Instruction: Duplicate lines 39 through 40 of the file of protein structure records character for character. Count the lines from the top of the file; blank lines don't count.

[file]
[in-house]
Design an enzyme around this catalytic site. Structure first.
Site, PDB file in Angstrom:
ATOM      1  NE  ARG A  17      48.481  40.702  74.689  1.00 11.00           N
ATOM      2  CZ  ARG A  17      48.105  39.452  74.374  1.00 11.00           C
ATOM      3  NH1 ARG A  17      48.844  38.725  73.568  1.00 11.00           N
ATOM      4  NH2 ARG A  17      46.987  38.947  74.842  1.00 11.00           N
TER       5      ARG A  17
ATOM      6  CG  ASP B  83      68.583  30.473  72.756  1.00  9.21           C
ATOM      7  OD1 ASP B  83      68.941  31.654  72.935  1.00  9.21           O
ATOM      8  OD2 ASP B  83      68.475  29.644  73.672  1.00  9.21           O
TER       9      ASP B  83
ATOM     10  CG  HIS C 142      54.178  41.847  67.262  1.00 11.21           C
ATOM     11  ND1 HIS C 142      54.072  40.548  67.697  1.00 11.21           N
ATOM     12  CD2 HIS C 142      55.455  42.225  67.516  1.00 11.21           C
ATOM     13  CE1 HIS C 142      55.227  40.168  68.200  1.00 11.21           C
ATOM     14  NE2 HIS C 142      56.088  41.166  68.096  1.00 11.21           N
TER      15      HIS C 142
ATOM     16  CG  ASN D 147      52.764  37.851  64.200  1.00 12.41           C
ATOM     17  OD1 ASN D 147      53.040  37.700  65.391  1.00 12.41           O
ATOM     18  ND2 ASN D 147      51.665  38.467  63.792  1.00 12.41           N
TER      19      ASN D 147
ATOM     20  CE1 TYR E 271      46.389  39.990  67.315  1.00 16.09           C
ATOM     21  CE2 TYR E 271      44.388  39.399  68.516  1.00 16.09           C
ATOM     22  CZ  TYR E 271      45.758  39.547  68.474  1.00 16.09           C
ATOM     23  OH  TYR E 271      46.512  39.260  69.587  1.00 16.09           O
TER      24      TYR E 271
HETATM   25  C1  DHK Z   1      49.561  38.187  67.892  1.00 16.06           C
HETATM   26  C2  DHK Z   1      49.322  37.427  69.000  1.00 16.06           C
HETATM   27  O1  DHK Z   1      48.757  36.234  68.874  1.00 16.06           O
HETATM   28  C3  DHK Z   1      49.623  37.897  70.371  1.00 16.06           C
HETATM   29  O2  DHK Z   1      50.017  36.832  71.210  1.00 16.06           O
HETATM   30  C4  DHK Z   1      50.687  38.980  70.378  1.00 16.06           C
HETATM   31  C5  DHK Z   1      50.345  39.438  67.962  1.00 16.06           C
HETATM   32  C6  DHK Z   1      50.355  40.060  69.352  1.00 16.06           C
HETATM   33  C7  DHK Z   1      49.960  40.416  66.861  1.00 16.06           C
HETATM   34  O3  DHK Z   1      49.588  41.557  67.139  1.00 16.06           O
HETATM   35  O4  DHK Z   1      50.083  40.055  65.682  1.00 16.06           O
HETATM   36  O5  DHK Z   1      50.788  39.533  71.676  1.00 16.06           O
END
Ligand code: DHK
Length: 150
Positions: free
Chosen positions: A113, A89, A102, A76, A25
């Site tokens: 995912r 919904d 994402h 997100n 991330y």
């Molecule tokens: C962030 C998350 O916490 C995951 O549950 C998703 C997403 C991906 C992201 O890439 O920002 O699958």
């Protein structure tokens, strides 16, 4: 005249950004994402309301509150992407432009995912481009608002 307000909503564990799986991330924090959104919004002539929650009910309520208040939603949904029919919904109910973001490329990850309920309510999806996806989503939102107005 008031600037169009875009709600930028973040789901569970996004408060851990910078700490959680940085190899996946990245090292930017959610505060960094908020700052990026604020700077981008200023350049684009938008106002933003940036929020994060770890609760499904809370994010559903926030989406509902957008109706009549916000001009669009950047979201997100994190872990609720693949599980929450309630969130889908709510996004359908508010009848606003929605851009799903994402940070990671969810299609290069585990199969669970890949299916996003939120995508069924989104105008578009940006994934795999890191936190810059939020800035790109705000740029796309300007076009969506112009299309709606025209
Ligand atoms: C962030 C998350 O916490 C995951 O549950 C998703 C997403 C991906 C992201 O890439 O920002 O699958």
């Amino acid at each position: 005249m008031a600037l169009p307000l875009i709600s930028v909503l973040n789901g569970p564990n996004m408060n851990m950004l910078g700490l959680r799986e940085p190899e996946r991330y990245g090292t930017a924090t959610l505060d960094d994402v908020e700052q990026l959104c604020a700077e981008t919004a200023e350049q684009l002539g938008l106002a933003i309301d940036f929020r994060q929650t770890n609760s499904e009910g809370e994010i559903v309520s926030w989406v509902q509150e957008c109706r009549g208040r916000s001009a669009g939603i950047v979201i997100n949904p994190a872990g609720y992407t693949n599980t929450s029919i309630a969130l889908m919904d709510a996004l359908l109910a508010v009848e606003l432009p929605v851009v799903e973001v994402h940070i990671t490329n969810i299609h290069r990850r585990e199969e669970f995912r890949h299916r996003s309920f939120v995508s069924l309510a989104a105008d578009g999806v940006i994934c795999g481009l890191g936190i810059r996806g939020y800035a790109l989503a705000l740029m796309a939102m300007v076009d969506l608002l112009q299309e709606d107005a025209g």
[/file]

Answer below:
HETATM   36  O5  DHK Z   1      50.788  39.533  71.676  1.00 16.06           O
END